Predictably, it inspired a lot of response. Unpredictably, an equivalent number of the letters printed in the Jewish Journal supported his proposal as opposed it. One of the endorsements came from us:
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It’s Raining Men… As If

Rob Eshman, editor-in-chief of The Jewish Journal of Greater Los Angeles, has written an op-ed that is sure to generate controversy. In “Hindu Widows,” he argues that the Jewish community should encourage single women in their 30s and 40s to interdate. Why, his article ask, should Jewish women sacrifice their happiness and their child-bearing years at the altar of endogamy?

I talked with four of these women over the space of three days last week, all wondering if I had come across any single Jewish men. I mentioned a name. Here’s what happened: They had already dated the guy. I mentioned another name. Already dated him, too: At 41, he was not quite ready to settle down. A straight, eligible Jewish man in his 40s gets around this town faster than the weekend box office numbers.

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The Link Sink

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Catching up on some notable articles from the last few weeks:

  • Adam Wills, a fine writer at the Jewish Journal of Greater Los Angeles, has written a singles piece unlike anything you’ve seen before in a Jewish paper. He’s been giving his brother dating advice since his divorce, the only difference is that while Adam is a devoted Jew, his brother converted to Catholicism–but is slowly crawling his way back to Judaism.
  • I’m interviewed as part of a story on a Jewish dating service in The (Charleston, S.C.) Post and Courier. For a piece written by a (presumably) non-Jewish reporter on an issue that I doubt he had much prior knowledge of, it’s quite well-done, sensitively handling those who promote Jewish in-dating and those who are friendly to interfaith couples.
  • The Forward recently reported on the push by a small group of activists to take circumcision out of the bris ritual. The article itself is interesting enough, but check out the comments–in print form, there are more than 60 pages worth of comments.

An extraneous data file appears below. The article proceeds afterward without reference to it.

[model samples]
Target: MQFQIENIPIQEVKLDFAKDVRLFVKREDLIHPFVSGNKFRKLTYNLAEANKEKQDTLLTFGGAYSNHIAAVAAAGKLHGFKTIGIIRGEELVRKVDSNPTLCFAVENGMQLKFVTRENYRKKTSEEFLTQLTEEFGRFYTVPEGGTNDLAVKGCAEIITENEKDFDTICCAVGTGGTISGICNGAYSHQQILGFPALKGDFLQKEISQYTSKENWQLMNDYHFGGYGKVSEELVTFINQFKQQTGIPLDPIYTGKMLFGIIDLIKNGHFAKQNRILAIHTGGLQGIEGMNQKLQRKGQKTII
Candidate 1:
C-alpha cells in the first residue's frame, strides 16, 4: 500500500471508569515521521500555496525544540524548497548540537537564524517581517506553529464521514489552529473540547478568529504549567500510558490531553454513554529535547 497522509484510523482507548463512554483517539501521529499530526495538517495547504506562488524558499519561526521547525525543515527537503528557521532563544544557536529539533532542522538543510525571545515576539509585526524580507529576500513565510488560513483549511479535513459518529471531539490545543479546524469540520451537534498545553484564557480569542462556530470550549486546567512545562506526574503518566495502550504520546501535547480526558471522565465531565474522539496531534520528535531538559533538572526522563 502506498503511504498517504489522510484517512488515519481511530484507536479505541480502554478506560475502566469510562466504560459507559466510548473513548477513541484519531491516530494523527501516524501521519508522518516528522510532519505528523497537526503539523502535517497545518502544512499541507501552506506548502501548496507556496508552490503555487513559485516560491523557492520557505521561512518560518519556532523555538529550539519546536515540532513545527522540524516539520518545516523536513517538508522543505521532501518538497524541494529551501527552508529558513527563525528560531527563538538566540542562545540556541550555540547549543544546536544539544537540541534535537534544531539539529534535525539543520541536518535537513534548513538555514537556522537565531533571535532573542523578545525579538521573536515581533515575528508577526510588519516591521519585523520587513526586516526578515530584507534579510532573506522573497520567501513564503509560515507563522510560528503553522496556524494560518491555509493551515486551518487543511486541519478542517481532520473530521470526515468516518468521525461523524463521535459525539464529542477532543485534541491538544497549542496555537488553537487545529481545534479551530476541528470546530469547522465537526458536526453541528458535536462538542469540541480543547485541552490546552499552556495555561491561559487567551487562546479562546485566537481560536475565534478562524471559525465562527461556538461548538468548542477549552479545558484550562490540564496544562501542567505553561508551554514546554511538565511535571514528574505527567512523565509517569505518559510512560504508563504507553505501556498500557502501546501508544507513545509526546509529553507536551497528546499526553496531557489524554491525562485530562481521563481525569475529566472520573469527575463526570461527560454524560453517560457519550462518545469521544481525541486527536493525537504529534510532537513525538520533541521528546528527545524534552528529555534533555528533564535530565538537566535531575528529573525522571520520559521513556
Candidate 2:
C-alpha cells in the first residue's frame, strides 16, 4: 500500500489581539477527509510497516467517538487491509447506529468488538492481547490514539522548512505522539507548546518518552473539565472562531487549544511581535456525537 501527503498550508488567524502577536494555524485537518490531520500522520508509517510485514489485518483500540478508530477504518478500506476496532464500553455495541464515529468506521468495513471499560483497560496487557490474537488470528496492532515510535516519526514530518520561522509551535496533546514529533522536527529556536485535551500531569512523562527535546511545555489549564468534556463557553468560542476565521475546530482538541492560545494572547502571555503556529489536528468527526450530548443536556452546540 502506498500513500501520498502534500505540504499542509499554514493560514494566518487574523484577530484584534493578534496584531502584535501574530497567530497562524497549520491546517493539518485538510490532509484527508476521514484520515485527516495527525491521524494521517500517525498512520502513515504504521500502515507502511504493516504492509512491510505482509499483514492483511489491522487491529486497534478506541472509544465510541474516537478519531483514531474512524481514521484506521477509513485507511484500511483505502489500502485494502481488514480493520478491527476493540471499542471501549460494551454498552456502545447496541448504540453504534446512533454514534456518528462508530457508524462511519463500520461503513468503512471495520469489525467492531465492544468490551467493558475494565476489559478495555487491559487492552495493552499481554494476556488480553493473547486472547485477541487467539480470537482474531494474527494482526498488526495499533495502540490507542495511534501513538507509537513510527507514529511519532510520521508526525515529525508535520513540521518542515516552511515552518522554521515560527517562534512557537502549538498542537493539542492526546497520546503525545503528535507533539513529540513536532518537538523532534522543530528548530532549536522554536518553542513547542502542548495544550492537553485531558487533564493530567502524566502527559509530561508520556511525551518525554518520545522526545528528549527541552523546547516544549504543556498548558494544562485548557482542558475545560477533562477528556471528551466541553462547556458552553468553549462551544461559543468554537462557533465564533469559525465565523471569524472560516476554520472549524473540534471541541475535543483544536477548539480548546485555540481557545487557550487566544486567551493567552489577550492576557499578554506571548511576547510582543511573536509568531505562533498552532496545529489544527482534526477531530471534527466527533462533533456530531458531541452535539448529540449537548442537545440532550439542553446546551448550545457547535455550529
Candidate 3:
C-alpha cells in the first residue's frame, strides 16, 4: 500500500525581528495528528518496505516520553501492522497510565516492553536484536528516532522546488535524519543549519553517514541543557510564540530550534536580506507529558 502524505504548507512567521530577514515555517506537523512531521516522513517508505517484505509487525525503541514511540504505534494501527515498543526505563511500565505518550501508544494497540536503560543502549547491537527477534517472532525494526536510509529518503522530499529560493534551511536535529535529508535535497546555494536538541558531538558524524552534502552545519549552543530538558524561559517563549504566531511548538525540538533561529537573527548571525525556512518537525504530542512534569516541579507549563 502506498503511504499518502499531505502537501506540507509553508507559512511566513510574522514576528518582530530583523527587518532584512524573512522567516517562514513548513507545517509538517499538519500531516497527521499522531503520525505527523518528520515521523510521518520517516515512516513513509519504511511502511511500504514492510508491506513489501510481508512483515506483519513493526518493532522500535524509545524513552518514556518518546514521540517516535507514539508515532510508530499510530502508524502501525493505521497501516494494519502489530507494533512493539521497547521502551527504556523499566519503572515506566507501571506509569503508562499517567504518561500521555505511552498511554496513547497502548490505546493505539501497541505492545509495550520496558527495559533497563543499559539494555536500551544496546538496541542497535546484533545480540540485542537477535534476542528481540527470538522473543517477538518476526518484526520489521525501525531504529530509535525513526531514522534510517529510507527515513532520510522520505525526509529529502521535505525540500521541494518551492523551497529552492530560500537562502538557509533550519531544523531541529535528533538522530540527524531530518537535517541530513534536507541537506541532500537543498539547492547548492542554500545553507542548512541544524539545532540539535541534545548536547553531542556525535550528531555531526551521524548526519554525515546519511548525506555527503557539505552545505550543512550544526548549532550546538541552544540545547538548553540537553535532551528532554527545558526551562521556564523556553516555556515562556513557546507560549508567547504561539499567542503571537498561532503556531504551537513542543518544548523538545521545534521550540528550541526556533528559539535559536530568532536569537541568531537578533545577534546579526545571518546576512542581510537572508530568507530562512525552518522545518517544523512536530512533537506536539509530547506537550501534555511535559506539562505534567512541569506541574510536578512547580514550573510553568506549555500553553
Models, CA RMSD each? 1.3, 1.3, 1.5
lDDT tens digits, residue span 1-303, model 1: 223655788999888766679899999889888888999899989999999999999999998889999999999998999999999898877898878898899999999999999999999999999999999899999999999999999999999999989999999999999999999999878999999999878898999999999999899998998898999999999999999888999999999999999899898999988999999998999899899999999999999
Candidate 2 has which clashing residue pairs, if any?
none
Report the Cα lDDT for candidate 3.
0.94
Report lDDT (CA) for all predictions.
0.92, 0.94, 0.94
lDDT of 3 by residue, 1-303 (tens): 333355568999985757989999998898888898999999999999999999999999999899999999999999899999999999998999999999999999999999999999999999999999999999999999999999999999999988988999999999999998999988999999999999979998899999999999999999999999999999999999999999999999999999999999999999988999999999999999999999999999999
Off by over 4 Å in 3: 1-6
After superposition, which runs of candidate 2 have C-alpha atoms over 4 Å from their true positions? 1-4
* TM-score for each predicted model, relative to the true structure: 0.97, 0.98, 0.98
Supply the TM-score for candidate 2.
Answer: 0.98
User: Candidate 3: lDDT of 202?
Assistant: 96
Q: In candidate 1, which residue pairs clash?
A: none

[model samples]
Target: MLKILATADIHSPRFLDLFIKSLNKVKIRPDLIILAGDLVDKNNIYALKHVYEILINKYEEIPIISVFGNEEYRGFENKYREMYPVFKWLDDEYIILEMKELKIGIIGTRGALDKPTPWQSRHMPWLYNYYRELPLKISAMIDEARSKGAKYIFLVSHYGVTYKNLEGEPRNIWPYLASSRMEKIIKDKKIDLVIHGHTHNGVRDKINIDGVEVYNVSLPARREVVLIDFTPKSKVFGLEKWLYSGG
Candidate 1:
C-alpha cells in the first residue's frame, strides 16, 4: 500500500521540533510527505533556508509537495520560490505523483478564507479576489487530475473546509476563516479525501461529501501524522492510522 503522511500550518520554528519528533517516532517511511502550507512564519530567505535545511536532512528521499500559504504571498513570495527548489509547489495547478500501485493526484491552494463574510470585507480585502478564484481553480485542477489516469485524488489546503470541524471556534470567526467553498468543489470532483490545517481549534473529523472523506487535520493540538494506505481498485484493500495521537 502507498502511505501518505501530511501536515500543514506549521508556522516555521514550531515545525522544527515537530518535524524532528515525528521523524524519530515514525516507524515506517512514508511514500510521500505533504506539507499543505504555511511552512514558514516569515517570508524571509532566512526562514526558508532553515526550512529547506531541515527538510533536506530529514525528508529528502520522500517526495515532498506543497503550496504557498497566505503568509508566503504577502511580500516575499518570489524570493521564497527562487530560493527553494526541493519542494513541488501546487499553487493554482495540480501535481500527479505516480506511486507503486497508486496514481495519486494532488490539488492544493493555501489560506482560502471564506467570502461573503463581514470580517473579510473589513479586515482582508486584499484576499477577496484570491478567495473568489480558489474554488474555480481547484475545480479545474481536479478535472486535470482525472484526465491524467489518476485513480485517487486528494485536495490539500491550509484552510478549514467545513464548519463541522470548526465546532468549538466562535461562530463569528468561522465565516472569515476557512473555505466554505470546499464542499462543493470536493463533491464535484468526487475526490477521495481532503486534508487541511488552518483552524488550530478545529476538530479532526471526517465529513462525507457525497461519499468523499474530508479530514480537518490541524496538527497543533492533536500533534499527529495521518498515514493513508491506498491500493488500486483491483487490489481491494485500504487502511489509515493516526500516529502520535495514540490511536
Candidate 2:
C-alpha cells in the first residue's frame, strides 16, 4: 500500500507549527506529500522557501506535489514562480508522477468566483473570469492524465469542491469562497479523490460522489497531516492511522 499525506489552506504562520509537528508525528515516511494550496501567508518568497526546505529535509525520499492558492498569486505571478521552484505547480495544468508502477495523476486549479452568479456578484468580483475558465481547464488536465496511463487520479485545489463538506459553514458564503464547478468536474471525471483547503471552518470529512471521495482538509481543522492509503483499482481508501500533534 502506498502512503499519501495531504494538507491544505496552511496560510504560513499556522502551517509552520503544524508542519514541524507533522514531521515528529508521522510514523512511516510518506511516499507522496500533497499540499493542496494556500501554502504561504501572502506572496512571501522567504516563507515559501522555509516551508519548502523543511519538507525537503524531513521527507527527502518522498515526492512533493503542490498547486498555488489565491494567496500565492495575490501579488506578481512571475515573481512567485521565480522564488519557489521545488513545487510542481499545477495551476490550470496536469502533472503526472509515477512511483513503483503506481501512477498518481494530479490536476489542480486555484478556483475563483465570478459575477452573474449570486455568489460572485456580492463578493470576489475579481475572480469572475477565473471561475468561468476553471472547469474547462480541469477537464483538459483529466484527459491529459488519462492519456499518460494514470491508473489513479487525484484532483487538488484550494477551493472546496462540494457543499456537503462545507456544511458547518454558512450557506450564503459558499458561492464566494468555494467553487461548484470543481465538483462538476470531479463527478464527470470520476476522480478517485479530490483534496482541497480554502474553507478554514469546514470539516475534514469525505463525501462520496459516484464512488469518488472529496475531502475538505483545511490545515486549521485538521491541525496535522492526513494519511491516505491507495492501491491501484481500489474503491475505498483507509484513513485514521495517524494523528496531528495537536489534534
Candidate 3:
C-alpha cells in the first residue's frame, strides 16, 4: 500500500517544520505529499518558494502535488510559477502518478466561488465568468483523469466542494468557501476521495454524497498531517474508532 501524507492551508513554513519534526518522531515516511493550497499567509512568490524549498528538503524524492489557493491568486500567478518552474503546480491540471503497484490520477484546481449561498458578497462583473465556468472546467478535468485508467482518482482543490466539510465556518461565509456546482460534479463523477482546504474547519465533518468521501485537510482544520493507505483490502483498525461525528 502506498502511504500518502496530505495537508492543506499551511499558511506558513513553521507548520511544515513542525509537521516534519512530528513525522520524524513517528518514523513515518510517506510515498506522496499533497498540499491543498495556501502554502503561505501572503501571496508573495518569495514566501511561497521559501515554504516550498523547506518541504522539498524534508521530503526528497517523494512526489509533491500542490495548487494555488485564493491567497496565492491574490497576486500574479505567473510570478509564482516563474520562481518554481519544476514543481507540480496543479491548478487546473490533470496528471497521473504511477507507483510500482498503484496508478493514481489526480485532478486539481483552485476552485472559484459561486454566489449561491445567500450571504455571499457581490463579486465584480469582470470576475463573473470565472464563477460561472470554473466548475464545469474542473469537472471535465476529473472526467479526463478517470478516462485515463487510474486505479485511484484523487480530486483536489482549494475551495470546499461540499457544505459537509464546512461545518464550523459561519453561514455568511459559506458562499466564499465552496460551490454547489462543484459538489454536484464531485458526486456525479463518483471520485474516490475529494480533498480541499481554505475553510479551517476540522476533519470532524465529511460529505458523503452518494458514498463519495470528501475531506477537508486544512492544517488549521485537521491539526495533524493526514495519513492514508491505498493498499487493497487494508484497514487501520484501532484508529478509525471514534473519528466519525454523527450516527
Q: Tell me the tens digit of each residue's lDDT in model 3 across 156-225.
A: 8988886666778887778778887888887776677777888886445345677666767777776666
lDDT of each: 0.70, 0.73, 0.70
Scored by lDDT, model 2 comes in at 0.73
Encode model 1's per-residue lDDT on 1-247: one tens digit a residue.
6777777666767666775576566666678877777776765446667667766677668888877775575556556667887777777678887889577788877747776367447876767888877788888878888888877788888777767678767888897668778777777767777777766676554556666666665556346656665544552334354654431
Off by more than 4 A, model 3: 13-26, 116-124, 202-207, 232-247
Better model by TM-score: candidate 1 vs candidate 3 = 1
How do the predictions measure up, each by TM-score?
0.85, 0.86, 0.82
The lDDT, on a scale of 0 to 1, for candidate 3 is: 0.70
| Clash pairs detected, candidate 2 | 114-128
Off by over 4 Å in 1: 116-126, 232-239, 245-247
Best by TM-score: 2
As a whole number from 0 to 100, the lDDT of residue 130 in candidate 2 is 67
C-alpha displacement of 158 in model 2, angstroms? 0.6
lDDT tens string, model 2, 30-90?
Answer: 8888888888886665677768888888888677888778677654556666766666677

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The Appeal of the Other

Everyone who’s dated–that is to say, everyone–knows that figuring out why you are attracted to someone is often the greatest mystery in your life. Are you interested because the other person is interested? Is it physical attraction? Does the person laugh at your jokes? Is there a chemistry that can’t be explained?

One factor that is particularly difficult to untangle is the cultural factor. Are you attracted to someone because they come from a similar background–or because they come from a different one? In Elizabeth Rosner’s “Everything I Know About Being Bad I Learned in Hebrew School,” an excerpt from Bad Girls: 26 Writers Behave published in The Forward, a girl who grew up with a stringent Orthodox upbringing rebels against Judaism and dates every non-Jewish boy she can find:
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Love in the Time of War

Joshua Gross, a public affairs consultant in Washington, D.C., wrote a poignant story in last week’s Forward about how his relationship with a Lebanese woman was threatened by last summer’s war between Israel and Lebanon.

As is the case with many Arab-Jewish or Muslim-Jewish relationships, politics was a topic typically avoided in their relationship:

Together, Helen and I had tried to create a tidy little universe with a population of two. In this universe, it didn’t matter that I was a Jew and Helen was an Arab. We were beyond the politics.

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The S-Word: A Response to More Than a Succubus

A response to More Than a Succubus: Confessions of a Shiksa, published in our Web Magazine on Feb. 13, by Ellen Jaffe-Gill:

I had taken a stand on the Yiddish word shiksa long before the afternoon I visited my husband’s Hebrew class. Having learned, while researching a book on intermarriage, that it (and its male form, shaygetz, and the plural shkotzim) derived from a Hebrew word meaning “abomination,” I was already gently correcting people who used it, asking them questions like “An abomination — is that really how you think of your daughter-in-law?”

Then one day I celebrated the meeting of a major deadline with a day off, a nice lunch, and a little text study at the University of Judaism in Los Angeles, where my husband had been enriching his life studying classical Hebrew on Wednesday afternoons. The class was looking at I Kings, chapter 11, in which Solomon wrong-headedly builds altars to pagan gods for his foreign wives.

Most Hebrew vocabulary is organized into families of three-letter roots, and I recognized the Hebrew root shin-kof-tzadi spelling the word shikutz before I looked at the translation.

“Hey, there’s the root for shiksa,” I said. “Is ‘abomination’ an accurate translation of shikutz?” I asked the teacher, a native Israeli.